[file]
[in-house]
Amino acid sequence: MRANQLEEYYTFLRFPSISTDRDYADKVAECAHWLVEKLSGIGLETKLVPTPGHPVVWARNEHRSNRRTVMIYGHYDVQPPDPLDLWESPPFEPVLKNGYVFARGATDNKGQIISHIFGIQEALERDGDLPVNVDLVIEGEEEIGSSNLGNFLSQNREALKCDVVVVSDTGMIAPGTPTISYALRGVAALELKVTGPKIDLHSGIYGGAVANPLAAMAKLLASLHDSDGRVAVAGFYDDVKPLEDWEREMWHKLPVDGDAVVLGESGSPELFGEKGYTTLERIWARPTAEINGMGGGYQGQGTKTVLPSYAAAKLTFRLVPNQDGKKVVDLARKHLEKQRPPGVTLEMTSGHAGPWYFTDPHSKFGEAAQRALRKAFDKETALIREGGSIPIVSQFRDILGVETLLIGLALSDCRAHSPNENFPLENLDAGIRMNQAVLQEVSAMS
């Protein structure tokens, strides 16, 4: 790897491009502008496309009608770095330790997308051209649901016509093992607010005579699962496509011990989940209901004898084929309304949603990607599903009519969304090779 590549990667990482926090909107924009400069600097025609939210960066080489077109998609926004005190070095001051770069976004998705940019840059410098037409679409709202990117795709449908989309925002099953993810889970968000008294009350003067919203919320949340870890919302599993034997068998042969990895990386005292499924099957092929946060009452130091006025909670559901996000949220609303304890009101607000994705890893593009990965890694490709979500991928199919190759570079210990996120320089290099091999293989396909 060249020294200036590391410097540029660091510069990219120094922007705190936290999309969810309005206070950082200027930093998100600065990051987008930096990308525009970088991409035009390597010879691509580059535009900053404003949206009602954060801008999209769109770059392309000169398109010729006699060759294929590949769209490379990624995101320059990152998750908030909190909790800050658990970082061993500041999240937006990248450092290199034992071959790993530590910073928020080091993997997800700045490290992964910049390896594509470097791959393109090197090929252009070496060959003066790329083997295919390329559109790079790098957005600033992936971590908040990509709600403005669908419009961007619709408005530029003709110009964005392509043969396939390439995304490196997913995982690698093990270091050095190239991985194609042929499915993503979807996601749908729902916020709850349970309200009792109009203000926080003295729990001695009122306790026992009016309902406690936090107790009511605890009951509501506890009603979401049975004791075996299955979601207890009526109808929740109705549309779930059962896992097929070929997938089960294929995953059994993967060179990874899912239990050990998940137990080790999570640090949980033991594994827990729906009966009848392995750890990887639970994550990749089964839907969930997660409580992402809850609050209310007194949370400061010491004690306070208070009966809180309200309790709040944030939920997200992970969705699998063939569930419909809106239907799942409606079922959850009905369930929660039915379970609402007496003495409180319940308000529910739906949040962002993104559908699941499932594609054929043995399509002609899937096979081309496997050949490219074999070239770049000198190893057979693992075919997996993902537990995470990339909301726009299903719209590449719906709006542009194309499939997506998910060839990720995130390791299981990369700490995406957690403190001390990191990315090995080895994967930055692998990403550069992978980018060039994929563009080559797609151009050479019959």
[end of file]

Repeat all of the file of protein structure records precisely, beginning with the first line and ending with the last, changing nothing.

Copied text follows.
[in-house]
Amino acid sequence: MRANQLEEYYTFLRFPSISTDRDYADKVAECAHWLVEKLSGIGLETKLVPTPGHPVVWARNEHRSNRRTVMIYGHYDVQPPDPLDLWESPPFEPVLKNGYVFARGATDNKGQIISHIFGIQEALERDGDLPVNVDLVIEGEEEIGSSNLGNFLSQNREALKCDVVVVSDTGMIAPGTPTISYALRGVAALELKVTGPKIDLHSGIYGGAVANPLAAMAKLLASLHDSDGRVAVAGFYDDVKPLEDWEREMWHKLPVDGDAVVLGESGSPELFGEKGYTTLERIWARPTAEINGMGGGYQGQGTKTVLPSYAAAKLTFRLVPNQDGKKVVDLARKHLEKQRPPGVTLEMTSGHAGPWYFTDPHSKFGEAAQRALRKAFDKETALIREGGSIPIVSQFRDILGVETLLIGLALSDCRAHSPNENFPLENLDAGIRMNQAVLQEVSAMS
């Protein structure tokens, strides 16, 4: 790897491009502008496309009608770095330790997308051209649901016509093992607010005579699962496509011990989940209901004898084929309304949603990607599903009519969304090779 590549990667990482926090909107924009400069600097025609939210960066080489077109998609926004005190070095001051770069976004998705940019840059410098037409679409709202990117795709449908989309925002099953993810889970968000008294009350003067919203919320949340870890919302599993034997068998042969990895990386005292499924099957092929946060009452130091006025909670559901996000949220609303304890009101607000994705890893593009990965890694490709979500991928199919190759570079210990996120320089290099091999293989396909 060249020294200036590391410097540029660091510069990219120094922007705190936290999309969810309005206070950082200027930093998100600065990051987008930096990308525009970088991409035009390597010879691509580059535009900053404003949206009602954060801008999209769109770059392309000169398109010729006699060759294929590949769209490379990624995101320059990152998750908030909190909790800050658990970082061993500041999240937006990248450092290199034992071959790993530590910073928020080091993997997800700045490290992964910049390896594509470097791959393109090197090929252009070496060959003066790329083997295919390329559109790079790098957005600033992936971590908040990509709600403005669908419009961007619709408005530029003709110009964005392509043969396939390439995304490196997913995982690698093990270091050095190239991985194609042929499915993503979807996601749908729902916020709850349970309200009792109009203000926080003295729990001695009122306790026992009016309902406690936090107790009511605890009951509501506890009603979401049975004791075996299955979601207890009526109808929740109705549309779930059962896992097929070929997938089960294929995953059994993967060179990874899912239990050990998940137990080790999570640090949980033991594994827990729906009966009848392995750890990887639970994550990749089964839907969930997660409580992402809850609050209310007194949370400061010491004690306070208070009966809180309200309790709040944030939920997200992970969705699998063939569930419909809106239907799942409606079922959850009905369930929660039915379970609402007496003495409180319940308000529910739906949040962002993104559908699941499932594609054929043995399509002609899937096979081309496997050949490219074999070239770049000198190893057979693992075919997996993902537990995470990339909301726009299903719209590449719906709006542009194309499939997506998910060839990720995130390791299981990369700490995406957690403190001390990191990315090995080895994967930055692998990403550069992978980018060039994929563009080559797609151009050479019959």